It looks as if the Easter threats to Spain may have not been removed by the suicides of the Madrid bombing ringleaders. Note also that the video refers to jihad in the context of “the expulsion from Al Andalus.” To radical Muslims, Spain is as much part of the dar al-Islam, the House of Islam, as Israel “” and jihad must be waged against the present occupiers of both to win them back. The Spanish appeasers may have signed the ticket for the re-Islamization of Spain.
MADRID (Reuters) – Spanish police have found a video in the rubble of a building blown up by suspected Islamic militants last weekend in which armed Arabs threaten war unless Spain withdraws troops from Iraq and Afghanistan.
Mainly Roman Catholic Spain is on high alert as it goes into the long Easter holiday weekend after the suspected al Qaeda-linked Madrid train bombings on March 11 that killed 191 people and a thwarted bombing of a railway line on Friday.
“We’re not resting easy. There could be another (attack),” said an Interior Ministry official on Thursday, who declined to be named.
Police and troops have been deployed to guard dams, power plants, high-speed rail lines and other possible targets.
The video may have been recorded by the three masked Arabs before the blast, triggered by the suspected Islamic militants as police raided the Madrid apartment building, officials said. The tape was damaged in the explosion.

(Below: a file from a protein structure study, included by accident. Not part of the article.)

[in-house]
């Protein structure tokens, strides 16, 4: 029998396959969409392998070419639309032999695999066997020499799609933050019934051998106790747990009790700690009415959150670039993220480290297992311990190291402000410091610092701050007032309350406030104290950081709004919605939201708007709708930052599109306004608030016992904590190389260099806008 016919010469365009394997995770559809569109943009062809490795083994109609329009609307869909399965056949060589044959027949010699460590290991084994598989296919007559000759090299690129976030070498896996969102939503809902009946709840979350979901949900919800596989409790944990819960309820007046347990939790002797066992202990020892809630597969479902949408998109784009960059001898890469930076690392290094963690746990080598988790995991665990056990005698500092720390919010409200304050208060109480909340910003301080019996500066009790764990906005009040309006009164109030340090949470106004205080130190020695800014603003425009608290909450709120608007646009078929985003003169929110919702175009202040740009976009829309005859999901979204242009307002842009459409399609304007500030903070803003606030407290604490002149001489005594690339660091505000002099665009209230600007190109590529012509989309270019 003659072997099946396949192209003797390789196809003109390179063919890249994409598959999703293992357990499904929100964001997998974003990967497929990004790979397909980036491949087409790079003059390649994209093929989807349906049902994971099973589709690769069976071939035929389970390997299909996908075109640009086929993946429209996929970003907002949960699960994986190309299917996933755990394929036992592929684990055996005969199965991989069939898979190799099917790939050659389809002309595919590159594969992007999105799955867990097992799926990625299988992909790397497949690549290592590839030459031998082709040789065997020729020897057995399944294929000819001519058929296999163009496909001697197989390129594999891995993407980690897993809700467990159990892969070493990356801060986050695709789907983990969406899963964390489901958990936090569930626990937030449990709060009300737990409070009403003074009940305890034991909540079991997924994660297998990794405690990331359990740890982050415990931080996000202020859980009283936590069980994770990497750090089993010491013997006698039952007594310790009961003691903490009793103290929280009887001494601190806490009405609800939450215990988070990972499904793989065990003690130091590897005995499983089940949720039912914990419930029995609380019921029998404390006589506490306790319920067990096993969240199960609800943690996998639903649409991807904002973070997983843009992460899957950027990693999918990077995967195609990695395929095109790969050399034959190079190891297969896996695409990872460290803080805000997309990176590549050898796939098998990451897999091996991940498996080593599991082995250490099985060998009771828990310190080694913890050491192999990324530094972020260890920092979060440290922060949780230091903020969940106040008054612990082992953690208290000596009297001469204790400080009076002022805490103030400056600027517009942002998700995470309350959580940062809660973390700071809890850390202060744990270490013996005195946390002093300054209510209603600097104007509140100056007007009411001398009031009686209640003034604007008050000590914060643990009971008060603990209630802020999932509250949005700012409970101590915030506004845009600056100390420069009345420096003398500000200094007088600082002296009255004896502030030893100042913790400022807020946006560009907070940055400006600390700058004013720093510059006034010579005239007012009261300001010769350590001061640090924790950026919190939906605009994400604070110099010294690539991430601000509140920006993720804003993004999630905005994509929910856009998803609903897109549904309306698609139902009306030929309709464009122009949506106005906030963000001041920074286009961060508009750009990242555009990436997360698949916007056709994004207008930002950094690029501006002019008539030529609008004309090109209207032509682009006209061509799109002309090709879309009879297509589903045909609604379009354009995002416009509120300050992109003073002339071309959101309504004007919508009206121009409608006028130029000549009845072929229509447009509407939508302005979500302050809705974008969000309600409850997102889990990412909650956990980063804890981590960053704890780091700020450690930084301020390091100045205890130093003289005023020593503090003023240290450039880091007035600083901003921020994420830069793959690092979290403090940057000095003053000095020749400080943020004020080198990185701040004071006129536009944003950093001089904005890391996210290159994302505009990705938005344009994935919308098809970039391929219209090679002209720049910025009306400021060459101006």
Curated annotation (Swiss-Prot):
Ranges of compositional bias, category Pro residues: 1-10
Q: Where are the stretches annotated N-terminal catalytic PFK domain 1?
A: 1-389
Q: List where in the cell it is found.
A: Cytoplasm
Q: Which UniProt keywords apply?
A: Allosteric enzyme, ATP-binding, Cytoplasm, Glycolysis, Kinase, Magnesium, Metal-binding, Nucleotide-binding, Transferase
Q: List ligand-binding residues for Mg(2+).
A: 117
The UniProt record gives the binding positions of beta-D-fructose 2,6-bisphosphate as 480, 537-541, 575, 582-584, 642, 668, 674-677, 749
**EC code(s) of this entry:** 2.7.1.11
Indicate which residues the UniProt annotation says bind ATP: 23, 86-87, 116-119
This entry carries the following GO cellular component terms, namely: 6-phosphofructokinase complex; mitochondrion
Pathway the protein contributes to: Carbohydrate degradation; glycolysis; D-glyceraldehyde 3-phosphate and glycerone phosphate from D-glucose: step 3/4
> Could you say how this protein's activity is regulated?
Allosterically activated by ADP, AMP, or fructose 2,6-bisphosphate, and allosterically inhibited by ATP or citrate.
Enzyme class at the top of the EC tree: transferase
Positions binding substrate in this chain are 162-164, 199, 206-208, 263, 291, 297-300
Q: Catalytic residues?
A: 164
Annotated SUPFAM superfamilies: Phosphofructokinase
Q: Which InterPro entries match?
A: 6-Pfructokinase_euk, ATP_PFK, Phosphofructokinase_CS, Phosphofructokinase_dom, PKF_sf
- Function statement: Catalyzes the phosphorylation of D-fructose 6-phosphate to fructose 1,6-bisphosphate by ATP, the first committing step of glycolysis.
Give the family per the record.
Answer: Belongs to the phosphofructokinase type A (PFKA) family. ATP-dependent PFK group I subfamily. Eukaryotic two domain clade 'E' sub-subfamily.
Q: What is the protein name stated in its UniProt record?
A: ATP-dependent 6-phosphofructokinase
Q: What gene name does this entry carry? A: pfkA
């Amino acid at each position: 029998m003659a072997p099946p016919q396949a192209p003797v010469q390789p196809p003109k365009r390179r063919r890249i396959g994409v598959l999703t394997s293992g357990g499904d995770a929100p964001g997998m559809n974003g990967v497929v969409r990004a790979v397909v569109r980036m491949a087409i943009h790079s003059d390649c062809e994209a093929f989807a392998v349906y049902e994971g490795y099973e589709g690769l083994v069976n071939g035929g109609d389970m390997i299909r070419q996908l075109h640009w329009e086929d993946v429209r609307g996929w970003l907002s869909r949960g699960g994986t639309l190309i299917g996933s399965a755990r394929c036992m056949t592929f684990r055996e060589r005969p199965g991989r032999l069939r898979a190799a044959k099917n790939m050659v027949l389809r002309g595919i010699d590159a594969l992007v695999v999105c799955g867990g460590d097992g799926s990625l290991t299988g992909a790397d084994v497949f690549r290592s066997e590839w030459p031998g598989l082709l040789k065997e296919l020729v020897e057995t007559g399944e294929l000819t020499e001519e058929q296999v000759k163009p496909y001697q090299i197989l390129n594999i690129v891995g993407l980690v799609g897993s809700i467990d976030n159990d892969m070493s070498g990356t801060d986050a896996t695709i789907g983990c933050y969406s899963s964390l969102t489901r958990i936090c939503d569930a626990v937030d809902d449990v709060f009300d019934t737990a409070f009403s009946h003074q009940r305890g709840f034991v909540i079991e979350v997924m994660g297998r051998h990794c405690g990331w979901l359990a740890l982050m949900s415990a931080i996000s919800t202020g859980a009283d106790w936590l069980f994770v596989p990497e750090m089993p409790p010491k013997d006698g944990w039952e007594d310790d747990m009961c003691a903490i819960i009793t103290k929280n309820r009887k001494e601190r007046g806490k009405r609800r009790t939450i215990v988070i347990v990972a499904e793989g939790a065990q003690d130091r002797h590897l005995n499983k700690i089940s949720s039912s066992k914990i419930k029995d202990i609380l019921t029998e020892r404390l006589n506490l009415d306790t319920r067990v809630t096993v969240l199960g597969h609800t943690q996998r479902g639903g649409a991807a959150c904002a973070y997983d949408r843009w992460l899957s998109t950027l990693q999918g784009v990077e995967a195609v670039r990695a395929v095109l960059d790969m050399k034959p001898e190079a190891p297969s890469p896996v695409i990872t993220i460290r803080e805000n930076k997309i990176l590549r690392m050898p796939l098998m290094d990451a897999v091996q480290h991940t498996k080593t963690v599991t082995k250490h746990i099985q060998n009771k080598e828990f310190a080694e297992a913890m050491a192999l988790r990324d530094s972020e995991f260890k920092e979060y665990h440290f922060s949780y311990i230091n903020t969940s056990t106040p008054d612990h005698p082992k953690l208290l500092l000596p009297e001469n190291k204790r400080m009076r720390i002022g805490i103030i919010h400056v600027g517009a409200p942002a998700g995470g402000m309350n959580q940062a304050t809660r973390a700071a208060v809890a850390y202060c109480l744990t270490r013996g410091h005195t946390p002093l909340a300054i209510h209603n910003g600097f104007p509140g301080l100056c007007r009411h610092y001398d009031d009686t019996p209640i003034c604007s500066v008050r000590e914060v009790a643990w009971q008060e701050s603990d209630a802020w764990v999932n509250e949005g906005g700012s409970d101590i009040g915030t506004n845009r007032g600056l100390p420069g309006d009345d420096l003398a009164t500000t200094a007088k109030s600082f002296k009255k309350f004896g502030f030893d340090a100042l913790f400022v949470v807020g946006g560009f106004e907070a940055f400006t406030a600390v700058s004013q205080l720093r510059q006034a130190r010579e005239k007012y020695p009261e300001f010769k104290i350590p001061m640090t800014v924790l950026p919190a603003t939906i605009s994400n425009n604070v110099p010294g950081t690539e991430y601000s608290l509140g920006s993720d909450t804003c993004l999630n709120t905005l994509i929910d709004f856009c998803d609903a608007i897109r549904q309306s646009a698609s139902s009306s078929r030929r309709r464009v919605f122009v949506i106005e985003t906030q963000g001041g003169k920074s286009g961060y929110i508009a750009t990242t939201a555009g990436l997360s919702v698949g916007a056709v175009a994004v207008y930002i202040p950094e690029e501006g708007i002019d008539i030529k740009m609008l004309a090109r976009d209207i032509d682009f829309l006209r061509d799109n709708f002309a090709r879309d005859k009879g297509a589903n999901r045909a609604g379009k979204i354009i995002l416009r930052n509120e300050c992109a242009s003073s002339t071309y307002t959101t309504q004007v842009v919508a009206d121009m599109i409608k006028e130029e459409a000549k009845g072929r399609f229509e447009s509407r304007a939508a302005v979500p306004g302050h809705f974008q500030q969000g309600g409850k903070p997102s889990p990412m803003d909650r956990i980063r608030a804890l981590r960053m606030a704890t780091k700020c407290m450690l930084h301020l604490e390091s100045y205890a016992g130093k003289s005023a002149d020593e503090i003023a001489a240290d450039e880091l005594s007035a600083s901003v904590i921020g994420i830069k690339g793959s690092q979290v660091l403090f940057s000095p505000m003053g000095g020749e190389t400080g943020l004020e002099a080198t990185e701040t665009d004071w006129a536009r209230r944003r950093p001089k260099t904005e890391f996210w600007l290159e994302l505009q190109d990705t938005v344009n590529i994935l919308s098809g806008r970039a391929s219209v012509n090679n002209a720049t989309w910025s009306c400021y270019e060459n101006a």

“You know about Spain’s crusade against Muslims, the expulsion from Al Andalus and the tribunals of the Inquisition, not that long ago,” the men said in a message, vowing a “jihad” or holy war.
The interior ministry released a transcript in Spanish.
Much of modern Spain was known as Al Andalus when it was ruled by the Moors until their defeat and expulsion in 1492. Spain now has a Moroccan community of around half a million.
SOME SUSPECTS STILL BEING HUNTED
Nearly a month after the Madrid train bombings, several suspects are still unaccounted for.
Police are holding 19 people, most of them Moroccans, in connection with the bombings.
The government says they, and seven men who blew themselves up in Saturday’s police raid, account for most of those it wants over the March 11 attacks.
Police are investigating a letter faxed to a newspaper on Saturday, purportedly from Osama bin Laden’s al Qaeda, threatening more attacks unless Spain withdraws its 1,300 troops from Iraq and a smaller contingent in Afghanistan.
Easter is marked by huge public processions in Spain, adding to security fears.
The U.S. embassy has warned Americans to be vigilant when travelling by train and using other public transport in Spain.
Security has been stepped up on Spain’s borders, especially in Ceuta and Melilla, Spanish territories on the North African coast.
One of the suspects in custody was arrested at the Ceuta-Morocco border crossing on Friday.
Sources close to the anti-terror investigation have said Islamic militants may have been planning a series of Easter attacks.
El Pais newspaper said Madrid hotels expected Easter occupancy to be down 20 percent as a result of security fears.